Senator Marsha Blackburn of Tennessee also called for the security to come down, in an extension of an argument about the right to petition the government and peaceably assemble. “Nancy Pelosi, let’s get the fencing and the wire down and away from the U.S. Capitol,” Blackburn said to cheers. Democrats have also expressed concern about keeping the Capitol inaccessible to the general public.

The party’s unwillingness to accept responsibility for Trump’s false statements about election fraud that members of the mob said inspired them to carry out the insurrection is not surprising. House Republicans overwhelmingly voted against impeaching Trump, and 43 senators voted to acquit Trump in the impeachment trial. (Though with ten House Republicans who voted to impeach him and seven Senate Republicans who voted to convict him, it was the most bipartisan impeachment vote and trial in U.S. history.) Even in a hearing on Tuesday about the attack, Senator Ron Johnson of Wisconsin baselessly suggested it was “provocateurs” that stirred up the Trump supporters on Jan. 6.

At CPAC, it wasn’t just senators who made mention of Jan. 6— other speakers also brought it to the stage. In a session on “Protecting Elections,” Deroy Murdock, a Fox News contributor, suggested that judges who rejected Trump campaign lawsuits in his baseless efforts to overturn the results of the presidential election were to blame. “Largely I think [they] bear a lot of responsibility for the chaos that ensued,” Murdock said to applause. The Trump campaign pursued dozens of lawsuits following the election, but nearly all of them were thrown out.

T.W. Shannon, a bank CEO and former Oklahoma Speaker of the House, falsely equated the riot to the racial justice protests that occurred over the summer, and echoed Trump’s spurious claim that the election was “rigged.” “The reason that people stormed the Capitol was because they felt hopeless because of a rigged election,” Shannon said.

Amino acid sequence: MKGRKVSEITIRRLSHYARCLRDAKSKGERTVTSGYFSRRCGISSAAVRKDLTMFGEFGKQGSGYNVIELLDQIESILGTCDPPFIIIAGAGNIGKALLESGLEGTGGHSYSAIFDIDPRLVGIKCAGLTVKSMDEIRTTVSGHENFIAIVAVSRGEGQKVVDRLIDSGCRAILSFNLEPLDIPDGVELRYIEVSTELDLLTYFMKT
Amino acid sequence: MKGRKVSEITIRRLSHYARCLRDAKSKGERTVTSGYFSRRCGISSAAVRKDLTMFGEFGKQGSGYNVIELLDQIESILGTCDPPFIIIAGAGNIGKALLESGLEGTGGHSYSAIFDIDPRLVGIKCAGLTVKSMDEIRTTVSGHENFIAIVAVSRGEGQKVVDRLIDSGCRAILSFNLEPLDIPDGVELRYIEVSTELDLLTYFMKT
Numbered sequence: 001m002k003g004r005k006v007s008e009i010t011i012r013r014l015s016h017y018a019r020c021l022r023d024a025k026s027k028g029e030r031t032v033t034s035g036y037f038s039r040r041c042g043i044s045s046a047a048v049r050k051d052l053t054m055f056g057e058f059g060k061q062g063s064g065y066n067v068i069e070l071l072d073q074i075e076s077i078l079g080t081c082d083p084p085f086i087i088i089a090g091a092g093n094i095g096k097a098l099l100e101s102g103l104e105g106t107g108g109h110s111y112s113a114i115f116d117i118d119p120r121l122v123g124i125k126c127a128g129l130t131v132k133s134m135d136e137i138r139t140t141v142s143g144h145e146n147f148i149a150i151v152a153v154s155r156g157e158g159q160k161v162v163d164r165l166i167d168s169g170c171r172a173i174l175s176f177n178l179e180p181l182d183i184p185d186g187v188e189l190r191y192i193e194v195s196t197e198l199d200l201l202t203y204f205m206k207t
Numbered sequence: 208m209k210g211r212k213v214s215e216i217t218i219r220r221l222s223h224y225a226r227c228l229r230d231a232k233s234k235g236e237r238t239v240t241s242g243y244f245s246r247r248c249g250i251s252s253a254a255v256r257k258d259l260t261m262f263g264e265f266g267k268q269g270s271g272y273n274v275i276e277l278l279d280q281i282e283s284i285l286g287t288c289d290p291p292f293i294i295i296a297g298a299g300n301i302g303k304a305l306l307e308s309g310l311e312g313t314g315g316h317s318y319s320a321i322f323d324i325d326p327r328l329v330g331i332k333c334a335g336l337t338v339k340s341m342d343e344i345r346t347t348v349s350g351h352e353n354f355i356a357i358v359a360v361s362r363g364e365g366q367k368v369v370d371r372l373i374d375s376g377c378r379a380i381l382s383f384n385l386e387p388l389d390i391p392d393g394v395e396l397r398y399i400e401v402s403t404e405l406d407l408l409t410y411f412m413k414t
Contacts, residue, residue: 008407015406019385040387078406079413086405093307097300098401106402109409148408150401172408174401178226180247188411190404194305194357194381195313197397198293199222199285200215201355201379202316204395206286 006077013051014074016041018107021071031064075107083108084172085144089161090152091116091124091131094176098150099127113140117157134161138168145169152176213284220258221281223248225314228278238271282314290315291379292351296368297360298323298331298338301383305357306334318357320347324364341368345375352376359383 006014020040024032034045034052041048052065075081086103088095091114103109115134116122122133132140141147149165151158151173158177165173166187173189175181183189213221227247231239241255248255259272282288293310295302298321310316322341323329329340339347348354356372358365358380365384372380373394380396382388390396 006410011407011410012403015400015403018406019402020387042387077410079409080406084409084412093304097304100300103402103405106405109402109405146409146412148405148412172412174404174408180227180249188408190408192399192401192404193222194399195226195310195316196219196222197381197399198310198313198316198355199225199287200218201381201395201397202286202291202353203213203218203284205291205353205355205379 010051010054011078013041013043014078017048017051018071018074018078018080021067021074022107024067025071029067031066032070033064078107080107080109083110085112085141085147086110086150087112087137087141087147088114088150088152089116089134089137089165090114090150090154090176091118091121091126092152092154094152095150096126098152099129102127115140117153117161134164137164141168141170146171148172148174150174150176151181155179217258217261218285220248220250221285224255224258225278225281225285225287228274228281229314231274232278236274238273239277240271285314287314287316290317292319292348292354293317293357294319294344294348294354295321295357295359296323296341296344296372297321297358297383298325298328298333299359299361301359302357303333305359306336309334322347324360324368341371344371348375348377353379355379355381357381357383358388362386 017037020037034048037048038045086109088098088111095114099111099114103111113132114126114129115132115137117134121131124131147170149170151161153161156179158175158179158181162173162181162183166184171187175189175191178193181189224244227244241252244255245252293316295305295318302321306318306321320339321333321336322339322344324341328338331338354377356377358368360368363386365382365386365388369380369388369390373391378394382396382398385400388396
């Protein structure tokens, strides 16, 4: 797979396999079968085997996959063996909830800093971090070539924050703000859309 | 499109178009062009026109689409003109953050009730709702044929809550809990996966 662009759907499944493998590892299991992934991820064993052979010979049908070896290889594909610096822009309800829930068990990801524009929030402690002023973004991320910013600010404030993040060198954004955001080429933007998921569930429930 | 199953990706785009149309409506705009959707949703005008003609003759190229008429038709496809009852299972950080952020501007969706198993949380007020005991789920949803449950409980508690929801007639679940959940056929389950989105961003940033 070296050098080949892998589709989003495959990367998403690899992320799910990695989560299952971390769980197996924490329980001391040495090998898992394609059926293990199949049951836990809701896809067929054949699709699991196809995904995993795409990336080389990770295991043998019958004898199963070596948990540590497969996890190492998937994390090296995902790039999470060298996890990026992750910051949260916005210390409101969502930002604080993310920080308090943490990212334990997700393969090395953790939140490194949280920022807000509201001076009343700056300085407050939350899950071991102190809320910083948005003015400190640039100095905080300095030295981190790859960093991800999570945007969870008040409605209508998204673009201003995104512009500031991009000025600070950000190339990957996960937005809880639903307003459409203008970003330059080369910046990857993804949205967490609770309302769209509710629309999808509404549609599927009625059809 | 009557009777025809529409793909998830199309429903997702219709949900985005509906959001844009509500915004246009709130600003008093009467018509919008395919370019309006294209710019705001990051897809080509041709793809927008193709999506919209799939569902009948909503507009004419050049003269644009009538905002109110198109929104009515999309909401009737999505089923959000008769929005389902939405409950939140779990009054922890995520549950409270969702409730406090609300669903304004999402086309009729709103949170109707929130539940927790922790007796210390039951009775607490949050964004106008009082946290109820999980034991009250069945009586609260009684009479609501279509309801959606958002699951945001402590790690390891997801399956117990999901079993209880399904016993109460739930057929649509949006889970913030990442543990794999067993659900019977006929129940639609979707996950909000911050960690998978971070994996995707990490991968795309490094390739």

Senator Tom Cotton of Arkansas sidestepped the violence at the Capitol entirely, never once bringing it up—even as he called for arresting rioters on the streets and condemned people tearing down statues. But he was talking about racial justice protesters and the replacement of Confederate statues, not those who stormed the U.S. Capitol (including at least one person who carried a Confederate flag). Said Cotton: “We will never bend the knee to a politically correct mob ever.”

That’s not to say that there aren’t Republican lawmakers who haven’t sought to distance themselves from Trump. On Wednesday, after House Minority Leader Kevin McCarthy said he believed that Trump should speak at CPAC, a reporter directed the question to third-ranking House Republican Liz Cheney. Cheney, who voted to impeach Trump, said it was up to the conference. “I don’t believe he should be playing a role in the future of the party or the country,” she said.

Even Senate Republican leader Mitch McConnell has said Trump was “practically and morally responsible” for the Capitol attack. But on Thursday, one day before the CPAC conference began, McConnell told Fox News he would “absolutely” support Trump again in 2024 if he’s the party’s nominee.